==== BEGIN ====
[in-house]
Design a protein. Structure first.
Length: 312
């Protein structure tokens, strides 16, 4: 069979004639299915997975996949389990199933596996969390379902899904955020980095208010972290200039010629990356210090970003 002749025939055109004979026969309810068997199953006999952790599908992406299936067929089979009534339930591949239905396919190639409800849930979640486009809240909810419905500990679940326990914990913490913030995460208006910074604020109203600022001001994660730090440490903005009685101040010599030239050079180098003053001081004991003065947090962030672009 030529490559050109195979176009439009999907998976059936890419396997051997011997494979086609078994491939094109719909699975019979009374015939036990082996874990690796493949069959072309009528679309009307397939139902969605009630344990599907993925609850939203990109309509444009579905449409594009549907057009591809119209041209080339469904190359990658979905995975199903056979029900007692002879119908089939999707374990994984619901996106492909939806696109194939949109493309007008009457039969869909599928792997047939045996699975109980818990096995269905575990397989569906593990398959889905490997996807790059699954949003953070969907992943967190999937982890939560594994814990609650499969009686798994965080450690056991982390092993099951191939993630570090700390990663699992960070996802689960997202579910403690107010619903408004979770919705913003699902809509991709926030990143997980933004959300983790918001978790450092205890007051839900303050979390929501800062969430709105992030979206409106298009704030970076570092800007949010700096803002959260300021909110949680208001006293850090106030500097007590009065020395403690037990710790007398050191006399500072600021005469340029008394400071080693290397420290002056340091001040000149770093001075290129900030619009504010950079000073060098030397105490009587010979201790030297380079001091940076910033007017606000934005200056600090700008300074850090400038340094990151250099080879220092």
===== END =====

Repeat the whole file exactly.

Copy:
[in-house]
Design a protein. Structure first.
Length: 312
């Protein structure tokens, strides 16, 4: 069979004639299915997975996949389990199933596996969390379902899904955020980095208010972290200039010629990356210090970003 002749025939055109004979026969309810068997199953006999952790599908992406299936067929089979009534339930591949239905396919190639409800849930979640486009809240909810419905500990679940326990914990913490913030995460208006910074604020109203600022001001994660730090440490903005009685101040010599030239050079180098003053001081004991003065947090962030672009 030529490559050109195979176009439009999907998976059936890419396997051997011997494979086609078994491939094109719909699975019979009374015939036990082996874990690796493949069959072309009528679309009307397939139902969605009630344990599907993925609850939203990109309509444009579905449409594009549907057009591809119209041209080339469904190359990658979905995975199903056979029900007692002879119908089939999707374990994984619901996106492909939806696109194939949109493309007008009457039969869909599928792997047939045996699975109980818990096995269905575990397989569906593990398959889905490997996807790059699954949003953070969907992943967190999937982890939560594994814990609650499969009686798994965080450690056991982390092993099951191939993630570090700390990663699992960070996802689960997202579910403690107010619903408004979770919705913003699902809509991709926030990143997980933004959300983790918001978790450092205890007051839900303050979390929501800062969430709105992030979206409106298009704030970076570092800007949010700096803002959260300021909110949680208001006293850090106030500097007590009065020395403690037990710790007398050191006399500072600021005469340029008394400071080693290397420290002056340091001040000149770093001075290129900030619009504010950079000073060098030397105490009587010979201790030297380079001091940076910033007017606000934005200056600090700008300074850090400038340094990151250099080879220092």